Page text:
My involvement in the development, launch and marketing of the National FFA Organization’s website in 2015.

What advice would you give to a current student?
Never stop learning and care deeply. Care about other people, care about your work, care about your influence on others.

What did ACEL cultivate in you?
ACEL cultivated a passion in me to ask questions. ACEL instilled in me the value of diversity of thought and the power of a 360 perspective.

CFAES Top Ten Seniors in 2007

At an Ohio State game my senior year – 2006.

O-H-I-O with coworkers.

Czech Republic study abroad in 2005.

Honduras Study Abroad: Photo Voices

At the end of each study abroad in Honduras, students create a photo voice and share with their peers. A photo voice is a combination a photo and words that effectively express communities and individual’s needs, problems and desires. Many university professors across the country use the photo voice model when teaching social sciences, which is a great fit for our students to share the impact this expereinece study abroad experience

After the photo voice presentations are shared by the students, they are added to the study abroad blog for students to share with family and friends.

Below are the links to each photo voice created by our students (and a few staff, too!):

Ohio State
Beauty at a distance by Katherine Bell
Is it self-satisfaction? by Anwar Elkhatib
Innovations with impact by Courtney Fulton
A new hope by Paul Gerdeman
The little things in life by Jamie Gothard
Lasting impact by Katrina Harper
Not me by Logan Heiby
A little piece of home by Sarah Landis
Cut off from innocence by Emelia Martin
Building bridges by Cody McClain
A shared reflection by Abby Motter
A hunger for education by Robby Thiel
Be the change by Adam Wagner
Education with limitations by Sam Wander
Free yourself from the prison of your mind by Tara Vorst
The remarkable by Trina Beebe

Utah State
The race by Ashley Cromer
A treasured tejaban by Matthew Rinta
His Love by Cameron WestIf not me, who? by Laura Dotson

Honduras Visit Video

In October, members of the ACEL faculty and staff traveled to Choluteca, Honduras. During this short trip, they met with the Ministry of Education, the advisory board of the Choluteca Vocational School, visited rural villages, the mercado and leadership team of World Gospel Mission.

Dr. Jamie Cano and W. Tyler Agner were recognized by the mayor of Choluteca for the work they have been doing to improve the lives of the residents in the city.

This short video captures the highlights of the trip.

Each year, students from CFAES travel to Choluteca, Honduras as part of the a community development study abroad offered through the Department of Agricultural Communication, Education, and Leadership. The education abroad experience will travel again in May 2017. More details here.

Students interested in this program should attend the upcoming info session on December 1, 2016 at 6pm in 246 Agricultural Administration.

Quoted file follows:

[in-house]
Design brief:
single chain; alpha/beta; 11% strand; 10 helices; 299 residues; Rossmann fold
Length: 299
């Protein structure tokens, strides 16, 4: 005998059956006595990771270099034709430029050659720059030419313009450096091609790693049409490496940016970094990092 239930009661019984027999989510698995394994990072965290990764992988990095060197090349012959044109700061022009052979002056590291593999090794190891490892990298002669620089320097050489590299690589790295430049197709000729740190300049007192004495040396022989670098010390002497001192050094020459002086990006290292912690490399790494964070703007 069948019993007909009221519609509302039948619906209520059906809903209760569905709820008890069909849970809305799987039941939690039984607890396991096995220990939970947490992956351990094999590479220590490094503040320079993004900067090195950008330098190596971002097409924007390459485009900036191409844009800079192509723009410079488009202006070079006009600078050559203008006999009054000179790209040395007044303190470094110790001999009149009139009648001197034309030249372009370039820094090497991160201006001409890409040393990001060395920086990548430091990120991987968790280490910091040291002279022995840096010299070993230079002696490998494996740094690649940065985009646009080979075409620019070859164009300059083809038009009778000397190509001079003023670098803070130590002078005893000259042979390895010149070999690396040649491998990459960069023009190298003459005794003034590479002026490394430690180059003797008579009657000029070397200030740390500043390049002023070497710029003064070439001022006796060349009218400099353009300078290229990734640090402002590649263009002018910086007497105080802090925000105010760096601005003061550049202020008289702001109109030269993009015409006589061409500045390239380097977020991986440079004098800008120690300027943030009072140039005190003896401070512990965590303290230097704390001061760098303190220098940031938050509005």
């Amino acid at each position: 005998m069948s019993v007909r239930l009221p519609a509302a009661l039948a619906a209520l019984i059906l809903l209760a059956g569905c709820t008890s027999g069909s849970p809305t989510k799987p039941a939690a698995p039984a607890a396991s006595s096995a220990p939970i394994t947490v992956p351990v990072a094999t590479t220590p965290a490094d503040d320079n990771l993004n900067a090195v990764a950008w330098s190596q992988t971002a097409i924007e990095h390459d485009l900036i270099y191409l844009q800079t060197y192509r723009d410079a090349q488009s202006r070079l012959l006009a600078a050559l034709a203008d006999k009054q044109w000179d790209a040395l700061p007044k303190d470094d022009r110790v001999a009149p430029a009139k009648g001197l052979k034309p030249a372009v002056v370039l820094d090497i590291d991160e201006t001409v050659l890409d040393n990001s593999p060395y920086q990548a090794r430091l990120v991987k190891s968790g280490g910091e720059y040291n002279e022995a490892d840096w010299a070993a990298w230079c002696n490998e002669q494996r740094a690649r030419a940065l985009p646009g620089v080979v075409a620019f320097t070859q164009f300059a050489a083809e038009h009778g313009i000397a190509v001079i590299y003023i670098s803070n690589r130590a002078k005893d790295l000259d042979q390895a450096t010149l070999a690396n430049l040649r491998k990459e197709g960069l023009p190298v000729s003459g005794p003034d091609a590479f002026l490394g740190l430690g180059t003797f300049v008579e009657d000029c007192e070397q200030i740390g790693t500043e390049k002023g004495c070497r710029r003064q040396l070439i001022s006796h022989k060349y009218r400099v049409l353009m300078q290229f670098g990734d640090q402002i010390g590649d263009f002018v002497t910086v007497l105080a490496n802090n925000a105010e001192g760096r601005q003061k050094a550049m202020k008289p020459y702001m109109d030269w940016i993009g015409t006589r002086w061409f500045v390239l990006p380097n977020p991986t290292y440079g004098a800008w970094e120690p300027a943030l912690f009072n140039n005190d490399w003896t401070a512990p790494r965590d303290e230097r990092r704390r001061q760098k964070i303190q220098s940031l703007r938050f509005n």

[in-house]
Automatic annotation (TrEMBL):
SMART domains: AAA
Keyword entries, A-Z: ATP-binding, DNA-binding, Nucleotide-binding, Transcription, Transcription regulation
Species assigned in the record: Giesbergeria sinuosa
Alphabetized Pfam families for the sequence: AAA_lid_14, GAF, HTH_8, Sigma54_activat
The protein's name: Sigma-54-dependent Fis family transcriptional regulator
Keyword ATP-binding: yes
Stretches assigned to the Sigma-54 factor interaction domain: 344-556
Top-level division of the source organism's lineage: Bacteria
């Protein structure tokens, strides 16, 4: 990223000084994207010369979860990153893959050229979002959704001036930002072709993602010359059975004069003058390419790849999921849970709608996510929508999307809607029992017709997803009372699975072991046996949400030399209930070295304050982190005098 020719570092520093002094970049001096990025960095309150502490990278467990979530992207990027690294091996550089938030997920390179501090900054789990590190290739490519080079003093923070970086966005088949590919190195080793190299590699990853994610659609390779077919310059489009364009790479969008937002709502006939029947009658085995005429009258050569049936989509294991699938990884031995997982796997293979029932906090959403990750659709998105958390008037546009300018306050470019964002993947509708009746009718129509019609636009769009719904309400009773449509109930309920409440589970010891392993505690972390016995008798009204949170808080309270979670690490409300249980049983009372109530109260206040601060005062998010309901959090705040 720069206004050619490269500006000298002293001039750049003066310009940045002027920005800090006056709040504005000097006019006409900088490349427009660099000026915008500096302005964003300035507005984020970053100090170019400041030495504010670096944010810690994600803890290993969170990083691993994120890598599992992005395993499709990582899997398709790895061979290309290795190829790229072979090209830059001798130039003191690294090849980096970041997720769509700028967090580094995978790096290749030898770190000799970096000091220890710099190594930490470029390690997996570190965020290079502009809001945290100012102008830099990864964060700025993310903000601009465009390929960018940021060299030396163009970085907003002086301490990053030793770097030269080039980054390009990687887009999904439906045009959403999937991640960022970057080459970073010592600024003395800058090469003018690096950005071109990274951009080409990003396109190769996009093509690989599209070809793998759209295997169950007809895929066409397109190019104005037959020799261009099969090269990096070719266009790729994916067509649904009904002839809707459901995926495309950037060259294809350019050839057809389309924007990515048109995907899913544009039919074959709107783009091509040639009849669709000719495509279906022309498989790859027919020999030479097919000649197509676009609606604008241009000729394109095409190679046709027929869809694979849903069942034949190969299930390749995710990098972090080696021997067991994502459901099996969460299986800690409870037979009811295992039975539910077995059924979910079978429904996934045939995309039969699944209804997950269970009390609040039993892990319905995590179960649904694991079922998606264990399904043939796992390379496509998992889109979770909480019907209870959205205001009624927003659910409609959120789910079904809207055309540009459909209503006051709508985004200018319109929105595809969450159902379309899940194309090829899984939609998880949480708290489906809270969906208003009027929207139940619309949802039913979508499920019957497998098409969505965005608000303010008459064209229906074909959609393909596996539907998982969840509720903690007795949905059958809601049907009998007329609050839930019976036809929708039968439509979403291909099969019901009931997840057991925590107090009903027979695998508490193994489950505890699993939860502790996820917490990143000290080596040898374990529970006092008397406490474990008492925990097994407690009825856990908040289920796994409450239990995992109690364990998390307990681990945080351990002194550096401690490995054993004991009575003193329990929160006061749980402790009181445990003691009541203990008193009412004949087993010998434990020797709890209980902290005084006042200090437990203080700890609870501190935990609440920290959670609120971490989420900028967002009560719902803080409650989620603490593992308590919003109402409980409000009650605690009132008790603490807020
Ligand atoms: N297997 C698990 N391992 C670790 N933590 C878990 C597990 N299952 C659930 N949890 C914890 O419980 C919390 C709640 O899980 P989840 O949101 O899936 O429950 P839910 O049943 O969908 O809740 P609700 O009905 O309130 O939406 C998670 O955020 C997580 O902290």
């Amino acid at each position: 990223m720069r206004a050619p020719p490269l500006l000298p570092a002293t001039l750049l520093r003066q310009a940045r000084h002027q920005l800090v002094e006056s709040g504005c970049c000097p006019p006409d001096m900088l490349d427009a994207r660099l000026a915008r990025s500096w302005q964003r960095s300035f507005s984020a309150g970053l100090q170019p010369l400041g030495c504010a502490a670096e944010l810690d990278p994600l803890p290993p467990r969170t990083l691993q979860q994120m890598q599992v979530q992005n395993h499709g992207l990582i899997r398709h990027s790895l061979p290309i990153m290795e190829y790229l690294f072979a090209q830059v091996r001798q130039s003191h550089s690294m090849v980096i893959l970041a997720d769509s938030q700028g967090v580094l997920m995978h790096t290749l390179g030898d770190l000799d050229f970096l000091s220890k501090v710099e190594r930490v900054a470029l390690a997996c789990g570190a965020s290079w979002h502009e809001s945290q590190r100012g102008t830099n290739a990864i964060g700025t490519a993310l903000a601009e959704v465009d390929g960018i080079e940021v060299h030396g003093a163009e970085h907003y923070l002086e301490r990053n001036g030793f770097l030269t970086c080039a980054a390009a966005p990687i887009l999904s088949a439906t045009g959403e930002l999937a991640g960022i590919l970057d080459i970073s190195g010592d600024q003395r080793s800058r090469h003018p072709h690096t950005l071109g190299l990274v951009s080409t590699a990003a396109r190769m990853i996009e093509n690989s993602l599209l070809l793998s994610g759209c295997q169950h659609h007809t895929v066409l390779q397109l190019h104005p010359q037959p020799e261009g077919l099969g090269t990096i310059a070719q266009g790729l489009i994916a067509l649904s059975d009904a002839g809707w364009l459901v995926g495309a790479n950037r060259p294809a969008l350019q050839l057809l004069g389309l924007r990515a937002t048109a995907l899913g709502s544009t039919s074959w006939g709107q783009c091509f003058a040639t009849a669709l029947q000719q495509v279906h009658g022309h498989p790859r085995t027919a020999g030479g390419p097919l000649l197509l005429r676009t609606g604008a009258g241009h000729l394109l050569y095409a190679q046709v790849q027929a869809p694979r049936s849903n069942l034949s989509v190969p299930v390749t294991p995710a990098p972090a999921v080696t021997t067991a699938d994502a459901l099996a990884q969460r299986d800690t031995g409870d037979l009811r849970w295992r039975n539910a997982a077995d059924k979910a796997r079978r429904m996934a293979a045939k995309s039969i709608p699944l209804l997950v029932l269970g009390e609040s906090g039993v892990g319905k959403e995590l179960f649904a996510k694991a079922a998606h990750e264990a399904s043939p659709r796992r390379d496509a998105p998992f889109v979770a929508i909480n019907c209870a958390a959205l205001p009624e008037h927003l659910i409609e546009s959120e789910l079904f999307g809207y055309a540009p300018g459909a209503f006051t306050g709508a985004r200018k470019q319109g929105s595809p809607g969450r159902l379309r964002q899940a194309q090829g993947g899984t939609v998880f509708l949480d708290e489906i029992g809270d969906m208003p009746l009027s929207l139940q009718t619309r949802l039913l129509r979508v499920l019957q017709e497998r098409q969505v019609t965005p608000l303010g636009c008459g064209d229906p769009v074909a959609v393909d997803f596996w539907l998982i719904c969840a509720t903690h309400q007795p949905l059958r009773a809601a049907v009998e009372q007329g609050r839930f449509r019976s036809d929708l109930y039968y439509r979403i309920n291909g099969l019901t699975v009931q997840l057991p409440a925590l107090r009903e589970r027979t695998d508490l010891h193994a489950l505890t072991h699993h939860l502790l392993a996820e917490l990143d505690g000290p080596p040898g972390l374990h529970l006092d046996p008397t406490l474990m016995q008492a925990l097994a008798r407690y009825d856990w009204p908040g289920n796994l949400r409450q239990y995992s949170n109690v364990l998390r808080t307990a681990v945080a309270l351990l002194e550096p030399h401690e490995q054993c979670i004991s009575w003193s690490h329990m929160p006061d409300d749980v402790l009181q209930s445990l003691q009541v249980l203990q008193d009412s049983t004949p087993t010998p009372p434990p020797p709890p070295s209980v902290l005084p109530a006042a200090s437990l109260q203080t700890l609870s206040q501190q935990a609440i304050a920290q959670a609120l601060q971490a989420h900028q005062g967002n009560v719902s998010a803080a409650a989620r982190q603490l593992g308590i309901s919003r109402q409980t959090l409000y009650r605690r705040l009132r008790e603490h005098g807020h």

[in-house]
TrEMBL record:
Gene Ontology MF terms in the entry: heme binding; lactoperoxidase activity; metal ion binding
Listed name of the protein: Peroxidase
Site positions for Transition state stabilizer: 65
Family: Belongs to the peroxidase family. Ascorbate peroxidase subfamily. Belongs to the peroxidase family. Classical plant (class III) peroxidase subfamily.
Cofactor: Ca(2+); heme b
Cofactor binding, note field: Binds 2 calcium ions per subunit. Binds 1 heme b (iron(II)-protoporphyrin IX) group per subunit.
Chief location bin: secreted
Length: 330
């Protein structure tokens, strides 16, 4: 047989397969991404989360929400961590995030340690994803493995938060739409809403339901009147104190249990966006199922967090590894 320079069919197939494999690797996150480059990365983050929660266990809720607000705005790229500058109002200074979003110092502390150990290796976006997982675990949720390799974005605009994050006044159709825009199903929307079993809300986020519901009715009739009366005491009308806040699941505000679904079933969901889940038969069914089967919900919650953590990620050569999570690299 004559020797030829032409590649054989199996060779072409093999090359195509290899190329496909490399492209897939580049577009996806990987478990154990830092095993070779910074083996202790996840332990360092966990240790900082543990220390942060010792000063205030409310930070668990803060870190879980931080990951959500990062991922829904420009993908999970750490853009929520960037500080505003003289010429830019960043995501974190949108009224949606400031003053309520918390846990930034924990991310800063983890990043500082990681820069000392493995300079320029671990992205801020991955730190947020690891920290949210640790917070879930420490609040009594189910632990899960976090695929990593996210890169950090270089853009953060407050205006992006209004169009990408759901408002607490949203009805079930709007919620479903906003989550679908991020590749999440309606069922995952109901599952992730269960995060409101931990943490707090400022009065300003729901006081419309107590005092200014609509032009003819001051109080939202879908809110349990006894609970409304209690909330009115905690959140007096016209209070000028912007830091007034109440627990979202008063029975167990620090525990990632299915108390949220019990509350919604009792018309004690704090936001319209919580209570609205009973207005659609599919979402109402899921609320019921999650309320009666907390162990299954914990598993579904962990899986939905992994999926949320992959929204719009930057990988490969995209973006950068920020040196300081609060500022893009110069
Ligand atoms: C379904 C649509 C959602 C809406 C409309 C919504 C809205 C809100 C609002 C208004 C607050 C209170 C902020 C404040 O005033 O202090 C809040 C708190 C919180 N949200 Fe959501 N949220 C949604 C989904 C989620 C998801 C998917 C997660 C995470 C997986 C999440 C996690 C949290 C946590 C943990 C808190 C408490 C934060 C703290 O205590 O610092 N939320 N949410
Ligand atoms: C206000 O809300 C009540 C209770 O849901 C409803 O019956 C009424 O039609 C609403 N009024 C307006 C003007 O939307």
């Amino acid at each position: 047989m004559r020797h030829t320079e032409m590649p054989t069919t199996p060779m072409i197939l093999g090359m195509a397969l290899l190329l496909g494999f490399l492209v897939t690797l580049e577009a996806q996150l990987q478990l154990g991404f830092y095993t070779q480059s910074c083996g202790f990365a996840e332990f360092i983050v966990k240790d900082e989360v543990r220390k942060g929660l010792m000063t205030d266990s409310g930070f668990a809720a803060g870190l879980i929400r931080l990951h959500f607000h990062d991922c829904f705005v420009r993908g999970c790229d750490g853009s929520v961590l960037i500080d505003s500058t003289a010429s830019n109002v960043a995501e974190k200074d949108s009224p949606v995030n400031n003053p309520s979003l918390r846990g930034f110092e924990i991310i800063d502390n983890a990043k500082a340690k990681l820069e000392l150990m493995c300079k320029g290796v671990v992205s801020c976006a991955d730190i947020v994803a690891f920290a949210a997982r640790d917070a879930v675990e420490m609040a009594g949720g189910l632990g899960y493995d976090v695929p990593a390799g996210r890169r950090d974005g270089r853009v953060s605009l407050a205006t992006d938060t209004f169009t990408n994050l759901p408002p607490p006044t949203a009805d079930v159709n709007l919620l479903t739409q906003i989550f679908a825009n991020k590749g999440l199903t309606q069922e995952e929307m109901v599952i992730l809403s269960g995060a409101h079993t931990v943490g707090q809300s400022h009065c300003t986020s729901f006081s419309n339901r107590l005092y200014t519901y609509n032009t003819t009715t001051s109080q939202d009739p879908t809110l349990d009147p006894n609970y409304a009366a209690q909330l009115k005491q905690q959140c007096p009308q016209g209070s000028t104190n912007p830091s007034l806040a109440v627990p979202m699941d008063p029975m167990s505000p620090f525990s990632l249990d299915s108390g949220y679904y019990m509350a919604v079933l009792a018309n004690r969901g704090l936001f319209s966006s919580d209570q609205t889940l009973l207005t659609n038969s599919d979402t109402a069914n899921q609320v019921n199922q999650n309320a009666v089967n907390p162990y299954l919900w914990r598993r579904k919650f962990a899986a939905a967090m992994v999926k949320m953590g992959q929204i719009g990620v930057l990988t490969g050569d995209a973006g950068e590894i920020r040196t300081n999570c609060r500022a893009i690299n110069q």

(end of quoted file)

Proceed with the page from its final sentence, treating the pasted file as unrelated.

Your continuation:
Gracious, Honduras!



By: Amanda Bush
Mt. Gilead, Ohio
agricultural communication

Last May, a group of 26 students and faculty from Utah State University and The Ohio State University traveled abroad for 16 days to Honduras for a Community Development and Agricultural Outreach Education Study Abroad program with the supervision of Dr. Jamie Cano, Tyler Agner, and Emily Wickham of Ohio State and Dr. Gary Straquedine of Utah State University. Our host family, Larry and Angie Overholt are also native Buckeyes who took care of us throughout the trip.  While in Honduras, we accomplished many great things and was able to see several incredible places and sights.

Each day was a new adventure. We never really knew what we were getting into until it was happening. Whether it be cooking with the people of the villages to prepare a meal for the kids in school, helping serve the food to the children in the school, helping build an outhouse for a family with teenage girl who has never had bathroom facilities, or making and pouring concrete at the Vocational schools for various projects the needed done. Whatever the task was, we all came together to make it happen – even in the 100+ degree heat.

However, we did not always work. Some days we would take tours of the cities around and all they had to offer such as the “Mercado” which is essentially a supermarket where the Hondurans go each day to get their food while also visiting a sugar cane processing plant, a milk processing and packaging plant and visiting several vocational and public schools in the area.

A few things learned on this study abroad trip to Honduras was not just hard work and determination to see the job through – it was much deeper than that. A sense of respect and assurance that no matter how bad we think we have it some times, we truly are blessed to live in this country and have the freedoms we do. This experience allowed us to open our hearts and minds to the truths of the world and uncover a passion for international development and positive change for which we all say, “Gracious, Honduras!”